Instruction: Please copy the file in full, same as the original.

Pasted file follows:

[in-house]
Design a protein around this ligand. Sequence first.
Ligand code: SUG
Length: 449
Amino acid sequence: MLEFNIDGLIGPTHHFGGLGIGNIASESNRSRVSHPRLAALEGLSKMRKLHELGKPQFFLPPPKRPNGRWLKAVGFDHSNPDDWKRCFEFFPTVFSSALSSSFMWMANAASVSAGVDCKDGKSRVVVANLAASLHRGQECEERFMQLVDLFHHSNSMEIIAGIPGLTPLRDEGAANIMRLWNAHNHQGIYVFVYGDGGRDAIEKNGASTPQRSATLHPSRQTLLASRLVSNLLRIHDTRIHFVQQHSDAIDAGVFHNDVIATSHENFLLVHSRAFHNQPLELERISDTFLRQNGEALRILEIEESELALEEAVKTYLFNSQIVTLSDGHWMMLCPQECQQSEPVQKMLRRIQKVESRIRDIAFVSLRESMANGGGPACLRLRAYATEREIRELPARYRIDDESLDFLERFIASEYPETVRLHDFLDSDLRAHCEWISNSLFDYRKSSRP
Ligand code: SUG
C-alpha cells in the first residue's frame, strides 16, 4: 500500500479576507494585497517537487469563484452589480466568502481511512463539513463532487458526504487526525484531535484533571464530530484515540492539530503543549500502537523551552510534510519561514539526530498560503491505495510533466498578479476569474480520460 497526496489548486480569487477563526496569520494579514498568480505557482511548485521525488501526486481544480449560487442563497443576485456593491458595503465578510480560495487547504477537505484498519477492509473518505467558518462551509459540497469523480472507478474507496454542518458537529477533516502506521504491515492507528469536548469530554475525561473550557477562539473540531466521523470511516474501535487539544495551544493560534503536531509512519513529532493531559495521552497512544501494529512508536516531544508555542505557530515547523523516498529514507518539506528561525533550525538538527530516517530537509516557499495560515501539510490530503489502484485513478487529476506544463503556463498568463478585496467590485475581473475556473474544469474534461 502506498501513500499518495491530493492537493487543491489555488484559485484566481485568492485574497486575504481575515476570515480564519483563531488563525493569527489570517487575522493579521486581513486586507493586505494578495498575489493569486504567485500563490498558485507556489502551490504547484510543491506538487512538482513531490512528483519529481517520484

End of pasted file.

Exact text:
[in-house]
Design a protein around this ligand. Sequence first.
Ligand code: SUG
Length: 449
Amino acid sequence: MLEFNIDGLIGPTHHFGGLGIGNIASESNRSRVSHPRLAALEGLSKMRKLHELGKPQFFLPPPKRPNGRWLKAVGFDHSNPDDWKRCFEFFPTVFSSALSSSFMWMANAASVSAGVDCKDGKSRVVVANLAASLHRGQECEERFMQLVDLFHHSNSMEIIAGIPGLTPLRDEGAANIMRLWNAHNHQGIYVFVYGDGGRDAIEKNGASTPQRSATLHPSRQTLLASRLVSNLLRIHDTRIHFVQQHSDAIDAGVFHNDVIATSHENFLLVHSRAFHNQPLELERISDTFLRQNGEALRILEIEESELALEEAVKTYLFNSQIVTLSDGHWMMLCPQECQQSEPVQKMLRRIQKVESRIRDIAFVSLRESMANGGGPACLRLRAYATEREIRELPARYRIDDESLDFLERFIASEYPETVRLHDFLDSDLRAHCEWISNSLFDYRKSSRP
Ligand code: SUG
C-alpha cells in the first residue's frame, strides 16, 4: 500500500479576507494585497517537487469563484452589480466568502481511512463539513463532487458526504487526525484531535484533571464530530484515540492539530503543549500502537523551552510534510519561514539526530498560503491505495510533466498578479476569474480520460 497526496489548486480569487477563526496569520494579514498568480505557482511548485521525488501526486481544480449560487442563497443576485456593491458595503465578510480560495487547504477537505484498519477492509473518505467558518462551509459540497469523480472507478474507496454542518458537529477533516502506521504491515492507528469536548469530554475525561473550557477562539473540531466521523470511516474501535487539544495551544493560534503536531509512519513529532493531559495521552497512544501494529512508536516531544508555542505557530515547523523516498529514507518539506528561525533550525538538527530516517530537509516557499495560515501539510490530503489502484485513478487529476506544463503556463498568463478585496467590485475581473475556473474544469474534461 502506498501513500499518495491530493492537493487543491489555488484559485484566481485568492485574497486575504481575515476570515480564519483563531488563525493569527489570517487575522493579521486581513486586507493586505494578495498575489493569486504567485500563490498558485507556489502551490504547484510543491506538487512538482513531490512528483519529481517520484